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January 7, 2014

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Postcard from Paris: Judge Arthur Tompkins writes on 'two extremes of Parisian retail history' and creating art

Painting of Shakespeare & Company, Paris
From the collection of Judge Arthur Tompkins
This post is the second of a four-part series written last autumn during New Zealander's Judge Tompkins sojourn to present papers at an Interpol DNA conference in Lyon. Consider it a warm-up to the ARCA blog traveling to Paris next week.

By Judge Arthur Tompkins

Today [November 2, 2013] I experienced two extremes of Parisian retail history.

First up, Fauchon. Since 1886, from two neighbouring bright pink stores opposite the north-western corner of the Madeleine, Fauchon has catered for the luxury end of the Paris gourmet, gastronome and epicurean market, with a bewildering and hugely tempting array of comestibles – caviar, coffees and teas, and a mouth-watering array of chocolates and biscuits, among very much else – and also served the occasional antipodean interloper.   I ventured in today after a selection of gifts for the family back home, as well as a coffee – having opened the first 'salon de thé' in Paris in 1898, Fauchon’s teas are famous, but coffee is more my legally addictive stimulant of choice.

Having (considerably) lightened my wallet and consumed a fine, although not necessarily fantastic coffee, I bundled my carefully gift-wrapped purchases into the front basket of a Velib bike, and bumped my way across Paris to Shakespeare & Co.

For all sorts of reasons this venerable bookstore across the river is at the other end of the retail spectrum from Fauchon. Ramshackle, crowded, dishevelled, the haunt of aspiring and penurious writers and lovers of literature, and on very many people’s guidebook list of “things-to-see-and-photograph-on-your-iPhone-when-in-Paris”, it sits in a small square with fine views of the front of Notre Dame. Attentive readers may remember that in 2011 I visited the store, with an interesting pictorial result. Here’s my email from that visit:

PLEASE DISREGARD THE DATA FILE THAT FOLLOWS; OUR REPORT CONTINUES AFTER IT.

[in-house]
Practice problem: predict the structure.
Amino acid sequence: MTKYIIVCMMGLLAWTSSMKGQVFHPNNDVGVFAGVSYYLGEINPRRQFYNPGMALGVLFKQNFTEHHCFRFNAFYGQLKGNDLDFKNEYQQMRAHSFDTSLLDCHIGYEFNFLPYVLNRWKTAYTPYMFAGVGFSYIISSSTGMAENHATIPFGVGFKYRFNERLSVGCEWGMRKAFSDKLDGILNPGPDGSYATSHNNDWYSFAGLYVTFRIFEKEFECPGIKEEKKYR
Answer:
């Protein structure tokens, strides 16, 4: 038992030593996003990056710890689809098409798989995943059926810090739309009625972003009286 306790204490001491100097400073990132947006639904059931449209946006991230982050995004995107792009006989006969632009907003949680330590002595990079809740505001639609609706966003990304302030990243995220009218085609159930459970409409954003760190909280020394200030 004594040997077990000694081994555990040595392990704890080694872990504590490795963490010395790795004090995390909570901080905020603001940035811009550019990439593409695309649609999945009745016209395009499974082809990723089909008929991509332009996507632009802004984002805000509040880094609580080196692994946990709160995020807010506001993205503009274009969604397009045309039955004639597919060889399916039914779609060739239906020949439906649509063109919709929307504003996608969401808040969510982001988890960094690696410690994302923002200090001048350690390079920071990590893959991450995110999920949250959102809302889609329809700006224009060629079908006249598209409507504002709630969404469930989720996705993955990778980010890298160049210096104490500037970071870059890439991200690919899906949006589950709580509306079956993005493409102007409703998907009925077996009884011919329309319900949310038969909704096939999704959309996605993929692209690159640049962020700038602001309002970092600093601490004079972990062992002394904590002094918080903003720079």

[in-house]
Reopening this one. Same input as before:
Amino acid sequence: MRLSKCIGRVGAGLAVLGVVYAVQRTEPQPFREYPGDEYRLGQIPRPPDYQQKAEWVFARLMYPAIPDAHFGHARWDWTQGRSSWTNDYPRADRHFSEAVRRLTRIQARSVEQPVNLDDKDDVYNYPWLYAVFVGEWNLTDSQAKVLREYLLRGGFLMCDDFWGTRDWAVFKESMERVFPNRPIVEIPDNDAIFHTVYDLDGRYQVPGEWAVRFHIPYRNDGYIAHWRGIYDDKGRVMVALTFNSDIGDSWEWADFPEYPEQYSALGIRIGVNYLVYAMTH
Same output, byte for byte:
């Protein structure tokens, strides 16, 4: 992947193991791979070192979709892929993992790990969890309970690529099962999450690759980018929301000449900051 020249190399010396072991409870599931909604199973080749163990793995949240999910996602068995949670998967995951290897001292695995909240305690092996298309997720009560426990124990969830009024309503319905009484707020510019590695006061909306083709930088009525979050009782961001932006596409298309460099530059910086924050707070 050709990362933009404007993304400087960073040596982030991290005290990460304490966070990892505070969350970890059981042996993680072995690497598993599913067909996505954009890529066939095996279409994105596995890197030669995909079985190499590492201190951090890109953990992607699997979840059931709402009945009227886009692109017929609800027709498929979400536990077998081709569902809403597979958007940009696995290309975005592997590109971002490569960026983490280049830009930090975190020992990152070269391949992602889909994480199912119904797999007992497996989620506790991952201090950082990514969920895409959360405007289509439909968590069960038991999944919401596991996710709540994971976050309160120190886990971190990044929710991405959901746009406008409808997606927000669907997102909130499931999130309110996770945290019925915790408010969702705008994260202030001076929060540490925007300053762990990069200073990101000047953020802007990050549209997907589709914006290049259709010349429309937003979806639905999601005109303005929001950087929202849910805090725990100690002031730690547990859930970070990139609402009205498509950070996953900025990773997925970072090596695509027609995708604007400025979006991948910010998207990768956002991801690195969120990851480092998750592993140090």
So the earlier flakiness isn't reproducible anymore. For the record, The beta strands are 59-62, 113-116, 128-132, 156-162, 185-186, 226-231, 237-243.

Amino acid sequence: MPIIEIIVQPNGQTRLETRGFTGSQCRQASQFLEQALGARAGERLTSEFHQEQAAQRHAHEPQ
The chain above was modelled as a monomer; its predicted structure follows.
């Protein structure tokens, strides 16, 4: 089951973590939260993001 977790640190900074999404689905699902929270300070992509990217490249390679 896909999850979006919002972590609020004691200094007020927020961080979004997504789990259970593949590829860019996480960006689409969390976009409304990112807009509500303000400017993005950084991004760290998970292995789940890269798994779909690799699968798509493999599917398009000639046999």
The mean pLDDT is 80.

Dear All,
I spent yesterday, for a couple of hours in the early evening, being photographed by literally dozens of people, and painted by a young woman from Tulsa, Oklahoma.
As you do.
As is my wont when in Paris, I visited the Shakespeare & Co bookshop, after a nostalgic visit to the Bibliotheque Mazarin.  After buying a book, the sun was shining, Notre-Dame was gleaming in the afternoon light, the trees were shady, and all was good in the world.  So I took advantage of Shakespeare & Co's hospitality, and sat myself down in a chair by the front door to read.  It turned out that my position was such that every second person who happened along, and who took a picture of the famous storefront, necessarily included me in the picture.  After a while I began to assume a proprietary air, hoping that when they showed their Paris pics to friends and family back home, then would indulge in a little poetic license and describe me as the owner of the legendary bookshop. I lost count after about 35 or so people had taken my picture...
Then a young woman set up an easel right in front of the store, and began to paint.  I stayed in situ long enough to ensure that she painted me in, and had a couple of chats with her as she did so.  She hailed from Tulsa Oklahoma, and was spending the last three weeks of (I think) a summer college vacation in Paris, and wanted to be a painter.  She has promised to email me a photograph of the finished picture.
In fact, I ended up buying the picture from her, and a copy of it is shown above. The original hangs in my library at home – from which it has not, to the best of my knowledge, been stolen by a passing art crime enthusiast. (Although if that  happened, and the felon in question was prepared to swap it for a purloined Vermeer, I saw a nice one in the Louvre yesterday …).

I pursued a similar pastime - sitting and reading  for an hour or so yesterday out the front of the store.  Sadly no itinerant artist happened along to paint my picture. But I am happy to report that I will again appear in a large number of Paris holiday pictures taken by lots of people of a wide variety of digital devices, including several iPads – which do look faintly ridiculous when held up and used as a camera.

George Whitman, the eccentric founder of the store, died at age 98, in his apartment above the store two years ago, as it happens three months after I visited the store in September 2011. Although I don’t think the two events are connected. Here’s his New York Times obituary:

Off to Lyon, and Interpol, tomorrow…